[Guest post by DRJ]
The Wall Street Journal analyzes Barack Obama’s promise to cut taxes for 95% of Americans: Obama redefines tax cuts as tax credits and that results in a massive redistribution of taxpayer money.
Here is a list of Obama’s 7 proposed tax credits:
“- A $500 tax credit ($1,000 a couple) to “make work pay” that phases out at income of $75,000 for individuals and $150,000 per couple.
– A $4,000 tax credit for college tuition.
– A 10% mortgage interest tax credit (on top of the existing mortgage interest deduction and other housing subsidies).
– A “savings” tax credit of 50% up to $1,000.
– An expansion of the earned-income tax credit that would allow single workers to receive as much as $555 a year, up from $175 now, and give these workers up to $1,110 if they are paying child support.
– A child care credit of 50% up to $6,000 of expenses a year.
– A “clean car” tax credit of up to $7,000 on the purchase of certain vehicles.”
The clean car credit is the only tax credit that must offset actual money paid. The other 6 credits are “refundable” because they can be claimed even if you have no income-tax liability. These are income transfers intended to redistribute money from one American to another.
Thus, under Obama’s tax plan, millions of Americans will get government payments in excess of what they pay in taxes, making this a massive redistribution of income far beyond what welfare ever paid:
“The Tax Foundation estimates that under the Obama plan 63 million Americans, or 44% of all tax filers, would have no income tax liability and most of those would get a check from the IRS each year. The Heritage Foundation’s Center for Data Analysis estimates that by 2011, under the Obama plan, an additional 10 million filers would pay zero taxes while cashing checks from the IRS.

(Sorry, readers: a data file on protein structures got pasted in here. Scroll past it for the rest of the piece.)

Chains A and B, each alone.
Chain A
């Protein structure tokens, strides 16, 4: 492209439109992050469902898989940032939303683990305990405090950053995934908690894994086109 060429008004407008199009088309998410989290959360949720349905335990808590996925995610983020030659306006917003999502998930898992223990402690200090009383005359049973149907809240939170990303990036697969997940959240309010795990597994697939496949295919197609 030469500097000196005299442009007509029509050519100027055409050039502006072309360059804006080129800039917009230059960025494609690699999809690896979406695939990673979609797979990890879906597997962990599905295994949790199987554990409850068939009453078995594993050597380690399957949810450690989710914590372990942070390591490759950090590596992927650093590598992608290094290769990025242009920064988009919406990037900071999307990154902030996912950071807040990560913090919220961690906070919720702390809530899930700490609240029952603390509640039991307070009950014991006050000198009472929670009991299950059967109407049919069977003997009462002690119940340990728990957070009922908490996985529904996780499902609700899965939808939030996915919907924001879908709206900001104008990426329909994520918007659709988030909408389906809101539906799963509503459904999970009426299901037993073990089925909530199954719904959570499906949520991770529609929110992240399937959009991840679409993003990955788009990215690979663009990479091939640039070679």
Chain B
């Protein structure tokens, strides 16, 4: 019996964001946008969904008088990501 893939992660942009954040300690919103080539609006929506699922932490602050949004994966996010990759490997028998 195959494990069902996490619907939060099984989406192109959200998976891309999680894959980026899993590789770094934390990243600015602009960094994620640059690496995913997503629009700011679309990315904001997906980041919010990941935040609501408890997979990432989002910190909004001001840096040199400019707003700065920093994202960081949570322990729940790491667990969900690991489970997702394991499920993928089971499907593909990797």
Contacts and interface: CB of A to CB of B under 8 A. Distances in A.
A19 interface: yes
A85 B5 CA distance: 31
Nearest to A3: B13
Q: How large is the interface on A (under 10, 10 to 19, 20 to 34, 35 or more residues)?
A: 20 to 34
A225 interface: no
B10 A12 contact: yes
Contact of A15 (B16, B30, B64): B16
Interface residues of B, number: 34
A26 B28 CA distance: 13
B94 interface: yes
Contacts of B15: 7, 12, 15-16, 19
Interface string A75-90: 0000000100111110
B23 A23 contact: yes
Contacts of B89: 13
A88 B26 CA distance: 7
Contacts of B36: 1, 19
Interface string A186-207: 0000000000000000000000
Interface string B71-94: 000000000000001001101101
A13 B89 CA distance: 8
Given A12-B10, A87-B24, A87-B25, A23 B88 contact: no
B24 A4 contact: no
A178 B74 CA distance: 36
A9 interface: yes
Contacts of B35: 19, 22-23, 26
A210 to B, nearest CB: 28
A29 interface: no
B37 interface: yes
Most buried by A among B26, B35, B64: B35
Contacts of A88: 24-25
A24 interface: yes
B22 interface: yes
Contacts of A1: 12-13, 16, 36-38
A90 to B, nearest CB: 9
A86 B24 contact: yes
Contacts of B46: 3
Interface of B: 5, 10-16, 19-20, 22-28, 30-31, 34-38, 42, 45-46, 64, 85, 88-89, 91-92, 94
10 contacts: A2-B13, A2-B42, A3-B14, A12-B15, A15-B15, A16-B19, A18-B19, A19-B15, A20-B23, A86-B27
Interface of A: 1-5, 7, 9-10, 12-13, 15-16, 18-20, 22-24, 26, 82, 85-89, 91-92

The total annual expenditures on refundable “tax credits” would rise over the next 10 years by $647 billion to $1.054 trillion, according to the Tax Policy Center. This means that the tax-credit welfare state would soon cost four times actual cash welfare. By redefining such income payments as “tax credits,” the Obama campaign also redefines them away as a tax share of GDP. Presto, the federal tax burden looks much smaller than it really is.
The political left defends “refundability” on grounds that these payments help to offset the payroll tax. And that was at least plausible when the only major refundable credit was the earned-income tax credit. Taken together, however, these tax credit payments would exceed payroll levies for most low-income workers.“
The WSJ editorial also addresses the impact of Obama’s tax plan on marginal tax rates and explains how they adversely affect lower- and middle-income workers. I addressed that topic here but the WSJ explains it better.
We used to talk about Welfare-to-Work but this is Welfare-that-Won’t-Work. And it’s massive.